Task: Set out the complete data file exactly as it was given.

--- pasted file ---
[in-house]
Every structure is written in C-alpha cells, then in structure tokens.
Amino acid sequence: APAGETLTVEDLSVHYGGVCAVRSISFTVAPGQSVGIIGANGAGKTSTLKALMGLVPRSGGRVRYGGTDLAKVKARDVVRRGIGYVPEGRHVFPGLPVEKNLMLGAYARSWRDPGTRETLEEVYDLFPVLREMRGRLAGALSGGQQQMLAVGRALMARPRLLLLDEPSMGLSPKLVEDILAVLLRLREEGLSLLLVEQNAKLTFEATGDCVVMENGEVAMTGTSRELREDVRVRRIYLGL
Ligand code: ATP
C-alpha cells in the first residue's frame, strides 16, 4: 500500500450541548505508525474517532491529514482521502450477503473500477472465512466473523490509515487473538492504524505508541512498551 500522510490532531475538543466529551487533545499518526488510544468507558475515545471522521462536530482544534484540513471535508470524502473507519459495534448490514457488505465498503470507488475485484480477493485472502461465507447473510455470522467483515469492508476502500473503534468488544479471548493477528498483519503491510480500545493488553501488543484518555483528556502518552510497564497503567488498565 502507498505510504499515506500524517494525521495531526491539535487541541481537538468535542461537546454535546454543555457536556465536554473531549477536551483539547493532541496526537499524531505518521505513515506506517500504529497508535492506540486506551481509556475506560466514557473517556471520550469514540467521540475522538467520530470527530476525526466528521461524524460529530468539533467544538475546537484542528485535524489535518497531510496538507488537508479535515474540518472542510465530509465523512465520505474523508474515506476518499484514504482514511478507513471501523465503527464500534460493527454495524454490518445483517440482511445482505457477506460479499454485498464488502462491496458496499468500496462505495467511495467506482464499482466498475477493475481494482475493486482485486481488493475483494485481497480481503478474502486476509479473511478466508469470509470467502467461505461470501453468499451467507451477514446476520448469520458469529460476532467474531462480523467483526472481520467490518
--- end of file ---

[in-house]
Every structure is written in C-alpha cells, then in structure tokens.
Amino acid sequence: APAGETLTVEDLSVHYGGVCAVRSISFTVAPGQSVGIIGANGAGKTSTLKALMGLVPRSGGRVRYGGTDLAKVKARDVVRRGIGYVPEGRHVFPGLPVEKNLMLGAYARSWRDPGTRETLEEVYDLFPVLREMRGRLAGALSGGQQQMLAVGRALMARPRLLLLDEPSMGLSPKLVEDILAVLLRLREEGLSLLLVEQNAKLTFEATGDCVVMENGEVAMTGTSRELREDVRVRRIYLGL
Ligand code: ATP
C-alpha cells in the first residue's frame, strides 16, 4: 500500500450541548505508525474517532491529514482521502450477503473500477472465512466473523490509515487473538492504524505508541512498551 500522510490532531475538543466529551487533545499518526488510544468507558475515545471522521462536530482544534484540513471535508470524502473507519459495534448490514457488505465498503470507488475485484480477493485472502461465507447473510455470522467483515469492508476502500473503534468488544479471548493477528498483519503491510480500545493488553501488543484518555483528556502518552510497564497503567488498565 502507498505510504499515506500524517494525521495531526491539535487541541481537538468535542461537546454535546454543555457536556465536554473531549477536551483539547493532541496526537499524531505518521505513515506506517500504529497508535492506540486506551481509556475506560466514557473517556471520550469514540467521540475522538467520530470527530476525526466528521461524524460529530468539533467544538475546537484542528485535524489535518497531510496538507488537508479535515474540518472542510465530509465523512465520505474523508474515506476518499484514504482514511478507513471501523465503527464500534460493527454495524454490518445483517440482511445482505457477506460479499454485498464488502462491496458496499468500496462505495467511495467506482464499482466498475477493475481494482475493486482485486481488493475483494485481497480481503478474502486476509479473511478466508469470509470467502467461505461470501453468499451467507451477514446476520448469520458469529460476532467474531462480523467483526472481520467490518